7 replaced http://unix.stackexchange.com/ with https://unix.stackexchange.com/
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The cp command permits multiple source arguments:

cp **/*.csv --parents ../target

CAVEAT: I'm using a recursive glob here; this is the globstar option in Bash 4+ and ksh, and is supported by default in zsh. Recursive globs do not match hidden files and folders, and the some implementations follow symlinks while others do notsome implementations follow symlinks while others do not.

If your shell doesn't support recursive globs, or if you'd prefer not to use them, you can do the following:

  • *.csv */*.csv */*/*.csv */*/*/*.csv -- this is of course very redundant and requires knowing how deep your directory structure is.
  • $(find . -name '*.csv') -- This will match hidden files and folders. find also supports specifying whether or not symlinks are followed, which may be useful.

The cp command permits multiple source arguments:

cp **/*.csv --parents ../target

CAVEAT: I'm using a recursive glob here; this is the globstar option in Bash 4+ and ksh, and is supported by default in zsh. Recursive globs do not match hidden files and folders, and the some implementations follow symlinks while others do not.

If your shell doesn't support recursive globs, or if you'd prefer not to use them, you can do the following:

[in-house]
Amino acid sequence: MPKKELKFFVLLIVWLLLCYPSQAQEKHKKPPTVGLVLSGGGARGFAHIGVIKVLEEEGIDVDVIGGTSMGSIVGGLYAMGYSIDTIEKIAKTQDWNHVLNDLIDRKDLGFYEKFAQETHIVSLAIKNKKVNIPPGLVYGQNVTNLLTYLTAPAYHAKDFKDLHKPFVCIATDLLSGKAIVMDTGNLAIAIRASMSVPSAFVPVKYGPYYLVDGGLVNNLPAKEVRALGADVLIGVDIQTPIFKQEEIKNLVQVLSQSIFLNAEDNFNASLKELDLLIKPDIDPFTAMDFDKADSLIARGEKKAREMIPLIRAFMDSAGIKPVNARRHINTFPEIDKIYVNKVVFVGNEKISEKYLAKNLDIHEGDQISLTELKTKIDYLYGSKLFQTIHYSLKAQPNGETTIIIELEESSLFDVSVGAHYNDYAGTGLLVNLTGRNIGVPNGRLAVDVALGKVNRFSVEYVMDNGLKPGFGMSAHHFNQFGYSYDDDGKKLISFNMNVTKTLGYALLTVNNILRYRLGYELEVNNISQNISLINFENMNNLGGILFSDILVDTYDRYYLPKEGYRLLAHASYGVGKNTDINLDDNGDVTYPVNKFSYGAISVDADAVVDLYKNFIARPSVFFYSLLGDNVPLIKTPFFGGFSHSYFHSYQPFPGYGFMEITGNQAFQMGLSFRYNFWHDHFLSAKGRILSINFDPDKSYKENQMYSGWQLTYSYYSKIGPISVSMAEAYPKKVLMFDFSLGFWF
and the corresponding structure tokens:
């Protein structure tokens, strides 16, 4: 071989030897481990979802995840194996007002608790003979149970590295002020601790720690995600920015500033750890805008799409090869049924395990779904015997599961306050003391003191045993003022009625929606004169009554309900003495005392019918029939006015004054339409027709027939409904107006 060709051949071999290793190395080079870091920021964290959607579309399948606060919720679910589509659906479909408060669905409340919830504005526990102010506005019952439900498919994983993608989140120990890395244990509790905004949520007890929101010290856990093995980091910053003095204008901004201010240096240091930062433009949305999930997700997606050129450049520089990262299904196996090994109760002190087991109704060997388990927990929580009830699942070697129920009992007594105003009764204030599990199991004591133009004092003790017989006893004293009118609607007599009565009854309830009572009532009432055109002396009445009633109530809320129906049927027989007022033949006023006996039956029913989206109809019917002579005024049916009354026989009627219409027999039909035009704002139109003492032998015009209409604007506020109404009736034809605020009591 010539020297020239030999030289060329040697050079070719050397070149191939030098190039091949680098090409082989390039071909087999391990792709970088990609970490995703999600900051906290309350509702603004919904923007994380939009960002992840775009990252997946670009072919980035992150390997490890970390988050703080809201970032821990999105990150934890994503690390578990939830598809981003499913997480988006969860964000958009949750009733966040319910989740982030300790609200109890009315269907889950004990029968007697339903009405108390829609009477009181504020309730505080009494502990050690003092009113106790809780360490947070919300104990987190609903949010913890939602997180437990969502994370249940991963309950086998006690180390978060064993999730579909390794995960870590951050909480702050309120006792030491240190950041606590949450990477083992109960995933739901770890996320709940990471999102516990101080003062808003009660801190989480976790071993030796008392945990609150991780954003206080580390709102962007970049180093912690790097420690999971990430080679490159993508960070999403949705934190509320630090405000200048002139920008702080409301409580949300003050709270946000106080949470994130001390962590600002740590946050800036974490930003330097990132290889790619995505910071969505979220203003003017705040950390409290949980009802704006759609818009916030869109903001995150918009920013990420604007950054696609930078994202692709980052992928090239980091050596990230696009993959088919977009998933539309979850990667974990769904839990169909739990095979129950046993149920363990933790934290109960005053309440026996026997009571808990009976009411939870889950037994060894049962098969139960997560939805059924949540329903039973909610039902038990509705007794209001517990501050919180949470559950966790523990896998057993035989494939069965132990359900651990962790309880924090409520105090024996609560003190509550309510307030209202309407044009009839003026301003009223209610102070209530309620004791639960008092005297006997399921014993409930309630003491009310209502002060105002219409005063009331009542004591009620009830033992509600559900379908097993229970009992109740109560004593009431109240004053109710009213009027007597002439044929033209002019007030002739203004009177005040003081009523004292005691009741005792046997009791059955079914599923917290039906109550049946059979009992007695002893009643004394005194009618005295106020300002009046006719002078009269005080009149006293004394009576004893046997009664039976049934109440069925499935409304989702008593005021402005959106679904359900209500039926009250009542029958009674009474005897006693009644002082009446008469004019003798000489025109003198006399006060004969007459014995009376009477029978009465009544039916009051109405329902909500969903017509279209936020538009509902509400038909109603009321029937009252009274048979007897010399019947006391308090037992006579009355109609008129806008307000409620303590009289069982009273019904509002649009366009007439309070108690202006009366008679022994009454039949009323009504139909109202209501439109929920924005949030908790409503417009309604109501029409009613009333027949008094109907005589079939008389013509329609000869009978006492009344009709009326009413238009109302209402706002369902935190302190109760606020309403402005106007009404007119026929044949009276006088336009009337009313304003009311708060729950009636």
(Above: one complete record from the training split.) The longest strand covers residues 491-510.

• *.csv */*.csv */*/*.csv */*/*/*.csv -- this is of course very redundant and requires knowing how deep your directory structure is.
  • $(find . -name '*.csv') -- This will match hidden files and folders. find also supports specifying whether or not symlinks are followed, which may be useful.

The cp command permits multiple source arguments:

cp **/*.csv --parents ../target

CAVEAT: I'm using a recursive glob here; this is the globstar option in Bash 4+ and ksh, and is supported by default in zsh. Recursive globs do not match hidden files and folders, and the some implementations follow symlinks while others do not.

If your shell doesn't support recursive globs, or if you'd prefer not to use them, you can do the following:

  • *.csv */*.csv */*/*.csv */*/*/*.csv -- this is of course very redundant and requires knowing how deep your directory structure is.
  • $(find . -name '*.csv') -- This will match hidden files and folders. find also supports specifying whether or not symlinks are followed, which may be useful.
6 deleted 130 characters in body
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The cp command permits multiple source arguments:

cp **/*.csv --parents ../target

(Note thatCAVEAT: I'm using a recursive glob here; if you don't have that feature in your shell, use *.csv */*.csv */*/*.csv */*/*/*.csv orthis is the $(find . -name '*.csv')globstar. option in Bash 4+ and ksh support it, but it's offand is supported by default; I thinkdefault in zsh has it on by default.)

EDIT: Fixed Recursive globs find command. Haven't used it in a whiledo not match hidden files and I hate that toolfolders, so of course I messed it up onand the first trysome implementations follow symlinks while others do not.